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Pediatric Radiology

, Volume 40, Issue 3, pp 373–373 | Cite as

Torsion of testicular appendage

  • Achint K. SinghEmail author
  • Simon C.-S. Kao
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Keywords

Hydrocele Testicular Torsion Hypoechoic Mass Scrotal Skin Scrotal Pain 
These keywords were added by machine and not by the authors. This process is experimental and the keywords may be updated as the learning algorithm improves.
A 12-year-old boy was evaluated for acute onset of pain in the right scrotum. There was no history of fever or dysuria. On examination, point tenderness was found superior to the right testicle with a bluish skin discoloration. Both testes were normal to palpation. On US, a hypoechoic mass was seen adjacent to the right epididymal head. While the mass had no internal vascularity, there was adjacent hyperemia typical of torsion of a testicular appendage (Figs. 1 and 2).
Fig. 1

Hypoechoic mass

Fig. 2

No color flow to mass

Testicular appendages are remnants of the embryonic mesonephric and paramesonephric ducts. Torsion of testicular appendage is a common cause of acute scrotal pain in prepubertal males [1]. A firm nodule superior to the testicle with bluish discoloration of the skin (blue dot sign) is a characteristic physical finding. US findings are typical as described above. Other associated findings are scrotal skin thickening and reactive hydrocele [1, 2]. US is usually done to rule out testicular torsion and epididymo-orchitis. Management is essentially conservative.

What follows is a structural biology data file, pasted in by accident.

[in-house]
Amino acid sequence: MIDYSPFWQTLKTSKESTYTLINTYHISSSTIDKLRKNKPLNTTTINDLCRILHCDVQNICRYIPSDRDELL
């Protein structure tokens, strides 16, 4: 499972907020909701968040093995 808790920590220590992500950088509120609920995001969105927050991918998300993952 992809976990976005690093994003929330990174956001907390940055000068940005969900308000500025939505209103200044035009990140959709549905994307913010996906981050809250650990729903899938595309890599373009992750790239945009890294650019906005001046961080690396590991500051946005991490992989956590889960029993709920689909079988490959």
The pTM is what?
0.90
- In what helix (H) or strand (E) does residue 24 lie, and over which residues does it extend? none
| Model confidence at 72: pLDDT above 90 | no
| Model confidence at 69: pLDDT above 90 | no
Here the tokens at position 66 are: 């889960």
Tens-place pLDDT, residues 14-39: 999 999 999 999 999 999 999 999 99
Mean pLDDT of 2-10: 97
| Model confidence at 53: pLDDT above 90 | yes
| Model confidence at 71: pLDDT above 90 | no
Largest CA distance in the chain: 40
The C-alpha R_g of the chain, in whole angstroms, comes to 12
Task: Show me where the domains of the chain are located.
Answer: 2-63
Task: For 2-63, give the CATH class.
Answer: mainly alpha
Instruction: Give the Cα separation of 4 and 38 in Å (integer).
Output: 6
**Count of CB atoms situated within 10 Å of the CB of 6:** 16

References

  1. 1.
    Strauss S, Faingold R, Manor H (1997) Torsion of the testicular appendages: sonographic appearance. J Ultrasound Med 16:189–192PubMedGoogle Scholar
  2. 2.
    Cohen HL, Shapiro MA, Haller JO et al (1992) Torsion of the testicular appendage: sonographic diagnosis. J Ultrasound Med 11:81–83PubMedGoogle Scholar

Copyright information

© Springer-Verlag 2009

Authors and Affiliations

  1. 1.Department of RadiologyUniversity of IowaIowa CityUSA

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